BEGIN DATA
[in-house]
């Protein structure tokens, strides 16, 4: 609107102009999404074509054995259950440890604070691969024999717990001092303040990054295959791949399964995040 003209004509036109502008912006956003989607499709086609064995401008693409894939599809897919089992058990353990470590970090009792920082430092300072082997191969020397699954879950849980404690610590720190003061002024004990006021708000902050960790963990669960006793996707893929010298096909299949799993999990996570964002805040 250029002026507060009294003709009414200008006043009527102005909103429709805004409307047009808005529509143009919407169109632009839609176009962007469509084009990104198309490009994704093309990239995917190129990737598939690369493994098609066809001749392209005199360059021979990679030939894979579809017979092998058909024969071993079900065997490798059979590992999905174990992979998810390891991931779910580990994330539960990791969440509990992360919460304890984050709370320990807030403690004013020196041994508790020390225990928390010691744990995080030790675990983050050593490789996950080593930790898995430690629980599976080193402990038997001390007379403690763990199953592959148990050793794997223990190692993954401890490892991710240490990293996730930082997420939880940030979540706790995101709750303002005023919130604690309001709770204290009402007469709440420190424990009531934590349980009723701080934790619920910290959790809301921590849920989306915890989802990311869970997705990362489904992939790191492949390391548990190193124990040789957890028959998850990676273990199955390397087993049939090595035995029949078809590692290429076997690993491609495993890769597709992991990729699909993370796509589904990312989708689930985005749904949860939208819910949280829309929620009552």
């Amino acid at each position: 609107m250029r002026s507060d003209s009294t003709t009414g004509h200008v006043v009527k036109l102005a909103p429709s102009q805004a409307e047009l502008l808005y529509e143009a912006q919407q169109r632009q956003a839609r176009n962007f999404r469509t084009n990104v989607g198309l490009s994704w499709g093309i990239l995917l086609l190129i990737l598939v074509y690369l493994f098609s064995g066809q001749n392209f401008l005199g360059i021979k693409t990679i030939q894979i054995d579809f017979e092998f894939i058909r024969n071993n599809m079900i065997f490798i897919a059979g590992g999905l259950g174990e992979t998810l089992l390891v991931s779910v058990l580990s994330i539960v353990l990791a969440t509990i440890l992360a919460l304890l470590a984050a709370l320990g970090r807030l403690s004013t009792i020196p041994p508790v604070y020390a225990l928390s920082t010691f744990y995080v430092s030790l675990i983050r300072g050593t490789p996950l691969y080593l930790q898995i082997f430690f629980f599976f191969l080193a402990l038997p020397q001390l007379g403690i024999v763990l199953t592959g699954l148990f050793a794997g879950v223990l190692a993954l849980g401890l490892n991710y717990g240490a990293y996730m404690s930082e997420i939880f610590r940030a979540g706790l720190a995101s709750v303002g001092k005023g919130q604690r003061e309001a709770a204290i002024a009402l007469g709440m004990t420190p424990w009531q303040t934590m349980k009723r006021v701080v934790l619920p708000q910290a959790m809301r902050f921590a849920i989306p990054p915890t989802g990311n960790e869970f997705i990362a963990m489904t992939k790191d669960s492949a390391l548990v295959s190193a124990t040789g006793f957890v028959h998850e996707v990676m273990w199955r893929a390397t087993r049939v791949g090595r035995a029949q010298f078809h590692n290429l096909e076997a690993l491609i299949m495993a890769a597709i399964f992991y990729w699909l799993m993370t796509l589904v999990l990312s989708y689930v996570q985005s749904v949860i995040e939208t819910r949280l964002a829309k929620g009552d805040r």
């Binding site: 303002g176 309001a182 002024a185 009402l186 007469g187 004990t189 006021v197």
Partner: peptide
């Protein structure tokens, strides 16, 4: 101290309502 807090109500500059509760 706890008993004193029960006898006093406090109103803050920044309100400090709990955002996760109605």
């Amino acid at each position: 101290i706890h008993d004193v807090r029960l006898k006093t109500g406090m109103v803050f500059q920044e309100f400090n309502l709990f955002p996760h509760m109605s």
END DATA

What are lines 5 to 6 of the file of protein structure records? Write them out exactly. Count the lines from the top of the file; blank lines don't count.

Partner: peptide
């Protein structure tokens, strides 16, 4: 101290309502 807090109500500059509760 706890008993004193029960006898006093406090109103803050920044309100400090709990955002996760109605």